Unequal Exposure to Ecological Hazards 2005 documents Massachusetts residents' unequal exposure to environmental hazards. More specifically, the report analyzes both income based
and racially-based disparities in the geographic distribution of some 17 different types of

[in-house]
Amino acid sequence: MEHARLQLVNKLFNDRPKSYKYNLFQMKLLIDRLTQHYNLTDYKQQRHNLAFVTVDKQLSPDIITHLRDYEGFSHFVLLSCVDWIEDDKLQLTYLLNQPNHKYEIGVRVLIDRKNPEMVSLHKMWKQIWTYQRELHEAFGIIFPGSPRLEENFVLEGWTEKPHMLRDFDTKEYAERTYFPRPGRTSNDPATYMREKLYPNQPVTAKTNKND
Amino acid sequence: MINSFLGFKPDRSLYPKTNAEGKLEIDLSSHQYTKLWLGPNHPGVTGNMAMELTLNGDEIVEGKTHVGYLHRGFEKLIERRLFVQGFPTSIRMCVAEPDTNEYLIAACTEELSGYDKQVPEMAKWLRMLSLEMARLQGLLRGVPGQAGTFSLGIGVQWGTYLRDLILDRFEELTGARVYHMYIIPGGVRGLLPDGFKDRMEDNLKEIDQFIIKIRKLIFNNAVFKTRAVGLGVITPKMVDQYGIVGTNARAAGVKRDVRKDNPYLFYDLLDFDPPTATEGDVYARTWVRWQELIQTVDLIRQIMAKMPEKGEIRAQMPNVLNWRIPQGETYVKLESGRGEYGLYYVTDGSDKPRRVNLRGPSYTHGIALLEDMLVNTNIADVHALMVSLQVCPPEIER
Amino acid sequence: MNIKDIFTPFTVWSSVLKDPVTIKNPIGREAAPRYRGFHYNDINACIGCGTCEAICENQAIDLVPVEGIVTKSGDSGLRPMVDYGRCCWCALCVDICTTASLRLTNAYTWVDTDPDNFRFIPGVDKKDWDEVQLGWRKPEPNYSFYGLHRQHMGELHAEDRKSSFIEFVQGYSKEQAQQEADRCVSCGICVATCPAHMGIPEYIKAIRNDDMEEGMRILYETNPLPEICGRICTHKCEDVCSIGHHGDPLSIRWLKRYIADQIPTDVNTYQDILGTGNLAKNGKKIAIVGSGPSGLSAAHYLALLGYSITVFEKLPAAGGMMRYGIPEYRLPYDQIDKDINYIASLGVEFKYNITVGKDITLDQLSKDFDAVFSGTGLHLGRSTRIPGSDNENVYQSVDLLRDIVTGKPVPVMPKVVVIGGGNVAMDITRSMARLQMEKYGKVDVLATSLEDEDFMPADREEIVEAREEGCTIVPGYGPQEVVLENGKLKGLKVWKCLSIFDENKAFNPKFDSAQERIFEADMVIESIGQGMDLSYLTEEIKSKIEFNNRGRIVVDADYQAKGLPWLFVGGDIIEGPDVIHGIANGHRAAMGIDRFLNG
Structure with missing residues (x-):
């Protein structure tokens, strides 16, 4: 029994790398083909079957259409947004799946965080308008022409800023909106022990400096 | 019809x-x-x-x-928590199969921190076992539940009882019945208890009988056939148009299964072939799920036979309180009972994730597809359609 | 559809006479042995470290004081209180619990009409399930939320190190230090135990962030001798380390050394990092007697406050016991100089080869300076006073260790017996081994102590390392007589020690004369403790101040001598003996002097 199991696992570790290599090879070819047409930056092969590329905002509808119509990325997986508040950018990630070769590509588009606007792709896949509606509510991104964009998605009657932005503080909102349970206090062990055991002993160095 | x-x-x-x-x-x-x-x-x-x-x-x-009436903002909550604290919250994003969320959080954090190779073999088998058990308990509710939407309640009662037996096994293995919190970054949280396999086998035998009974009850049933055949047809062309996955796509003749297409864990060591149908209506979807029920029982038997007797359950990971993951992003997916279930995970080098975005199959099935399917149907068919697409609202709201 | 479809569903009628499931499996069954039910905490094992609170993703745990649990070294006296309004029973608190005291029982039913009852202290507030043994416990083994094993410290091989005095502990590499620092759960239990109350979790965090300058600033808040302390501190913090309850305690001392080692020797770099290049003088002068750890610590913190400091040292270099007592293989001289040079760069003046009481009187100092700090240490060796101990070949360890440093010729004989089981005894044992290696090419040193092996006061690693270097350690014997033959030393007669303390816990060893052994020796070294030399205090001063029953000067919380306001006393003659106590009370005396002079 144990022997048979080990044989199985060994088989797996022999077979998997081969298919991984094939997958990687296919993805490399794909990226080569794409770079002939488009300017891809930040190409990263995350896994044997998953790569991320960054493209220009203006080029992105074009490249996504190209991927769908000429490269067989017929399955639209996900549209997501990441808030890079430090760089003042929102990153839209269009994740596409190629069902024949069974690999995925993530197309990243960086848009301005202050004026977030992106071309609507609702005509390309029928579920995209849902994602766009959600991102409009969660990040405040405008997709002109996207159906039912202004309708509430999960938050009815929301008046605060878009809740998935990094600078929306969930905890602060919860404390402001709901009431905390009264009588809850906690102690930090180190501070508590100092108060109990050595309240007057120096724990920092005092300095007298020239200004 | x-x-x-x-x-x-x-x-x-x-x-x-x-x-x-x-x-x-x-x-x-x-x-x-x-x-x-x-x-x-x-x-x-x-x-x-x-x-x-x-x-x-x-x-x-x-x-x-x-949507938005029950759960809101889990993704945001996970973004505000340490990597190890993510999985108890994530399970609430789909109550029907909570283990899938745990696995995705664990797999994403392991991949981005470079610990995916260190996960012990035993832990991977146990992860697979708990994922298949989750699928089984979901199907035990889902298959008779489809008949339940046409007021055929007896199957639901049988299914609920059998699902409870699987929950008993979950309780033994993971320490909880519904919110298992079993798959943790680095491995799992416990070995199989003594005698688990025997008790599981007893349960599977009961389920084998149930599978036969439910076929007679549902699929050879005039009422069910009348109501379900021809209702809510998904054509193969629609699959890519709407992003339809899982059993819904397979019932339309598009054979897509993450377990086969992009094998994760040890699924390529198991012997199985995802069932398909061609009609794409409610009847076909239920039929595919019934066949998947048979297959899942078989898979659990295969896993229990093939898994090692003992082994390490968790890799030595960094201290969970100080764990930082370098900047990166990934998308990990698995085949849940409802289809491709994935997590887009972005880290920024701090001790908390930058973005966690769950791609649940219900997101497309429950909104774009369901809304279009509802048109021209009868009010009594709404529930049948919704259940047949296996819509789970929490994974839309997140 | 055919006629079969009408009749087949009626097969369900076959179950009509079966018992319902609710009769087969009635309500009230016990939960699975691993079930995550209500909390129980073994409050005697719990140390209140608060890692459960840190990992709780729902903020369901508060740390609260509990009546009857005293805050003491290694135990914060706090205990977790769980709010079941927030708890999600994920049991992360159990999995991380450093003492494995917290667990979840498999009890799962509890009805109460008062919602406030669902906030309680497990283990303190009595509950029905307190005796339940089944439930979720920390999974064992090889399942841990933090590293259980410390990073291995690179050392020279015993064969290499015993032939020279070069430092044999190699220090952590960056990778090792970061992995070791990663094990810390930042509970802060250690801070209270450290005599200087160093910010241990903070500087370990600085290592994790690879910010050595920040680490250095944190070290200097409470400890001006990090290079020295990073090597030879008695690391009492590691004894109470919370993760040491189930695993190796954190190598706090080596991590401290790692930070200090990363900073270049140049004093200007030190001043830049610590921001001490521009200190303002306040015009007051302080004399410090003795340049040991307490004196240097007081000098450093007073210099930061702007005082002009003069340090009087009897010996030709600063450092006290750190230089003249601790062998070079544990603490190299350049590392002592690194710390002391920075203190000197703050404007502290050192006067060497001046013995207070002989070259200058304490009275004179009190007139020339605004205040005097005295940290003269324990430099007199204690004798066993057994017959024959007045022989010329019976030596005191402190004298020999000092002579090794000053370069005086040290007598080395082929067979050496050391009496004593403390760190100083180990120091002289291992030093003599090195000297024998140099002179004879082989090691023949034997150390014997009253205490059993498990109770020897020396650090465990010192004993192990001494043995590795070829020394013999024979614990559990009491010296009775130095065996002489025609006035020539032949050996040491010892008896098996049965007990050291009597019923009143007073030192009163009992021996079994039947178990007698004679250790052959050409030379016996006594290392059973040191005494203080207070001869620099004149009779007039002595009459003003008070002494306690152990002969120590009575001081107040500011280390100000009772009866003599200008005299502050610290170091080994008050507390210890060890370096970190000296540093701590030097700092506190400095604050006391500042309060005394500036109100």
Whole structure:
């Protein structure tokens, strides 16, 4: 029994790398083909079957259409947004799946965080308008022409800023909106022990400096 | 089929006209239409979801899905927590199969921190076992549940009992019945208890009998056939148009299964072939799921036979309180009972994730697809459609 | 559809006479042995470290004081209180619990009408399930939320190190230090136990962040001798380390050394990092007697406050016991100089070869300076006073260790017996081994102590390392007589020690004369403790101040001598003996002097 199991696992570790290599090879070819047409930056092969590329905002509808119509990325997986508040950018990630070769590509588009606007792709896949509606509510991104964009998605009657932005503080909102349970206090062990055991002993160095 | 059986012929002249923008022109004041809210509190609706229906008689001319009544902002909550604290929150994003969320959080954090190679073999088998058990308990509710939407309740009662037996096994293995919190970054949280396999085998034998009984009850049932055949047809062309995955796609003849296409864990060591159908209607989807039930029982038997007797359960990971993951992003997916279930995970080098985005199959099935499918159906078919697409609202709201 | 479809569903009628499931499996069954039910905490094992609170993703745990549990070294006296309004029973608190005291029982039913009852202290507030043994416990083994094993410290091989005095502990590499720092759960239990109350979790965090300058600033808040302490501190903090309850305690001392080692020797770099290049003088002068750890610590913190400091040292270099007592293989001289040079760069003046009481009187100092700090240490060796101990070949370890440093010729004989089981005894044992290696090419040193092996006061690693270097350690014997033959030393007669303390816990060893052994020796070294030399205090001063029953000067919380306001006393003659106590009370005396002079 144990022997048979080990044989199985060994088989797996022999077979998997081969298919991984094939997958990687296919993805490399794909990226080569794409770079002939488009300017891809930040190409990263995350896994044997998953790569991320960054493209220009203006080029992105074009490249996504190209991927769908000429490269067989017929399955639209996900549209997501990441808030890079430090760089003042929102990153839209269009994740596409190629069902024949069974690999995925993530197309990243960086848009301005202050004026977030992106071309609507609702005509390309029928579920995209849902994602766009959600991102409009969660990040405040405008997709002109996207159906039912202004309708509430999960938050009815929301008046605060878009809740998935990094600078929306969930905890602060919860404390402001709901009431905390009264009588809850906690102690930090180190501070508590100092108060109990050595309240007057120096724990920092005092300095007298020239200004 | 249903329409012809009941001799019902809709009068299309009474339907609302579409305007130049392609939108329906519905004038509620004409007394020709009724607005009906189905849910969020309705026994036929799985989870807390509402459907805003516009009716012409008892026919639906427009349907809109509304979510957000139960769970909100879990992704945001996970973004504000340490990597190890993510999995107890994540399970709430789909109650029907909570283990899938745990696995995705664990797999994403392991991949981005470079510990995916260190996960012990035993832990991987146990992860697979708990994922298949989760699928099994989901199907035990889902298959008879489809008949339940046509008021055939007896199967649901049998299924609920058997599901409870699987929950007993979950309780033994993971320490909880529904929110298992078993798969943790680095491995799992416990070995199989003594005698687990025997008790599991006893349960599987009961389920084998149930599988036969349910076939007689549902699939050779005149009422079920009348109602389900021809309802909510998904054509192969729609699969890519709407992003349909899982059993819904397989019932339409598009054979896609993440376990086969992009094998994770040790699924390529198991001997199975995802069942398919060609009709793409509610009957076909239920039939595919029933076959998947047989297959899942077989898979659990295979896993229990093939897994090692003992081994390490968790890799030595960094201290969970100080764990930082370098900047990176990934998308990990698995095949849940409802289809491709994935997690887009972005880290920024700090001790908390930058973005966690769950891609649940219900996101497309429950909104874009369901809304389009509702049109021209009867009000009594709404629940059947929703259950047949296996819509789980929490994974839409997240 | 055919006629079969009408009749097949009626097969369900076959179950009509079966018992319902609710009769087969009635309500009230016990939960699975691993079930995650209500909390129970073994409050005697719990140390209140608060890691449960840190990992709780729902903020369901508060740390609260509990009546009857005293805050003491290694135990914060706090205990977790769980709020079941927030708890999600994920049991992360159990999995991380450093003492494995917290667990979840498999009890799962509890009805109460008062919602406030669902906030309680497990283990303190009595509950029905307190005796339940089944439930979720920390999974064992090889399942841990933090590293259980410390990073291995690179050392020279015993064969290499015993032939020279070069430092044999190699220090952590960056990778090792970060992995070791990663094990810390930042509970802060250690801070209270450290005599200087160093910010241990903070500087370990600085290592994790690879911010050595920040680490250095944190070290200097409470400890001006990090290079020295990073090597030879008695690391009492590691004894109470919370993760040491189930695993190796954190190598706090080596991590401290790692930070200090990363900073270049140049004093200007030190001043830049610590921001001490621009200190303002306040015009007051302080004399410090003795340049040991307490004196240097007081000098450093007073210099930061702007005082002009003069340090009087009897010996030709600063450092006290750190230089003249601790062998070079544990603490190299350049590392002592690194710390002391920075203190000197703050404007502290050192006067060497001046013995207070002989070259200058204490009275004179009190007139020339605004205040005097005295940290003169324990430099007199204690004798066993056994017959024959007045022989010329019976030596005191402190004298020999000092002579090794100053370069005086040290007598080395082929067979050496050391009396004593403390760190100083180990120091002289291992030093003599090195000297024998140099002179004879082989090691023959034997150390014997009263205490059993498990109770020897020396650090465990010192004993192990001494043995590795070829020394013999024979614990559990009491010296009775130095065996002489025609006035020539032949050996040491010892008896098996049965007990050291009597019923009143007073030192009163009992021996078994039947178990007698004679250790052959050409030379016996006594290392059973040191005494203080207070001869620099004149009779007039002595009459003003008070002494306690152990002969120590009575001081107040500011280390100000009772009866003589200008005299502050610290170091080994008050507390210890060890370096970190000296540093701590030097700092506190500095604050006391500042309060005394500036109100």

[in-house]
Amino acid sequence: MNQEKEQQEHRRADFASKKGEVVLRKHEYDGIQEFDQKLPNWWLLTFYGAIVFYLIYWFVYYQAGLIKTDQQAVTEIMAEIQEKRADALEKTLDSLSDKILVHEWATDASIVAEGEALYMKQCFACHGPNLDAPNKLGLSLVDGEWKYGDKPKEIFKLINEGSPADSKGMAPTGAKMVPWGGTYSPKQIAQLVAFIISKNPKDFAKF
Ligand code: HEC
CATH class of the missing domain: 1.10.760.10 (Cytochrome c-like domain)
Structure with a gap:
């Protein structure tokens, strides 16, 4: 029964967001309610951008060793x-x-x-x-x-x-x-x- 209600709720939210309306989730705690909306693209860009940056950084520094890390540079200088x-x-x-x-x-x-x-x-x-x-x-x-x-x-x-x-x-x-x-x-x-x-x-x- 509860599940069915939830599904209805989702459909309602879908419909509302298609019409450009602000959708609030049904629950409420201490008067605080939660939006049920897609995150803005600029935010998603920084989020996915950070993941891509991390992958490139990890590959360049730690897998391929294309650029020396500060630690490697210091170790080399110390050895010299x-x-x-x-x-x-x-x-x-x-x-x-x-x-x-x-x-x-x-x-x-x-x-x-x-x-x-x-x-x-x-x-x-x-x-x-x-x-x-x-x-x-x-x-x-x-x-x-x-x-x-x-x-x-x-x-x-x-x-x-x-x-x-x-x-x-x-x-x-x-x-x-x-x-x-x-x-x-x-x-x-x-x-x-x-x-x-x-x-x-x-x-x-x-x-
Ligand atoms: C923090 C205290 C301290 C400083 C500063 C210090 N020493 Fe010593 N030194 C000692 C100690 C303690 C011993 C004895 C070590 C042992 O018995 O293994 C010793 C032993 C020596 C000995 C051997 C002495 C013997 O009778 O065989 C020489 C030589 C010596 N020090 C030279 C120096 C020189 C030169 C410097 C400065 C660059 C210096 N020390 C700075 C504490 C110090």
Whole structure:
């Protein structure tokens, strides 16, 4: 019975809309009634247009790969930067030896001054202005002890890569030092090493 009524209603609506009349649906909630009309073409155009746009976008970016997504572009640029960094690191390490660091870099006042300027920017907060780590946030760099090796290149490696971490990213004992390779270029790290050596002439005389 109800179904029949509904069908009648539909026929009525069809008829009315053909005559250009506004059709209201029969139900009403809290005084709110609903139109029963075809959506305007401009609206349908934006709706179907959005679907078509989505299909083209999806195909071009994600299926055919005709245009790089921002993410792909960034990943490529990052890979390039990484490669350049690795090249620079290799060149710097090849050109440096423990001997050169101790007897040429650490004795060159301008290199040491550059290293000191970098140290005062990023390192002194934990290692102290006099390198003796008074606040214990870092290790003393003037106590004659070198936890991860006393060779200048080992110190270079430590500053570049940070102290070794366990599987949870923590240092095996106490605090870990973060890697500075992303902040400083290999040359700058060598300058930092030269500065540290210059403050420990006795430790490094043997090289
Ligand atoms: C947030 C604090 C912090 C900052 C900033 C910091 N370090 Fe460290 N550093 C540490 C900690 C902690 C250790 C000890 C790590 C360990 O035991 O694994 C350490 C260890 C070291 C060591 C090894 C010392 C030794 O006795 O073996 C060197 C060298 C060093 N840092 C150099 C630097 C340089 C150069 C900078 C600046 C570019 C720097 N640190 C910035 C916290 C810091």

environmentally hazardous sites and industrial facilities in the Commonwealth of Massachusetts. This report provides evidence that working class communities and communities of color are disproportionately impacted by toxic waste disposal, incinerators, landfills, trash transfer stations, power plants, and polluting industrial facilities. In some cases, not only are new toxic facilities and dump sites located in poorer neighborhoods and communities of color, but as in the case of the public housing development and playgrounds near the Alewife station in Cambridge, housing for people of color and low income populations is sometimes located on top of preexisting hazardous waste sites and/or nearby polluting facilities. We conclude that striking inequities in the distribution of these environmentally hazardous sites and facilities are placing working class families and people of color at substantially greater risk of exposure to human health risks. We advocate the adoption of a number of measures, including a comprehensive environmental justice act, to reduce pollution and address unequal exposure to ecological threats.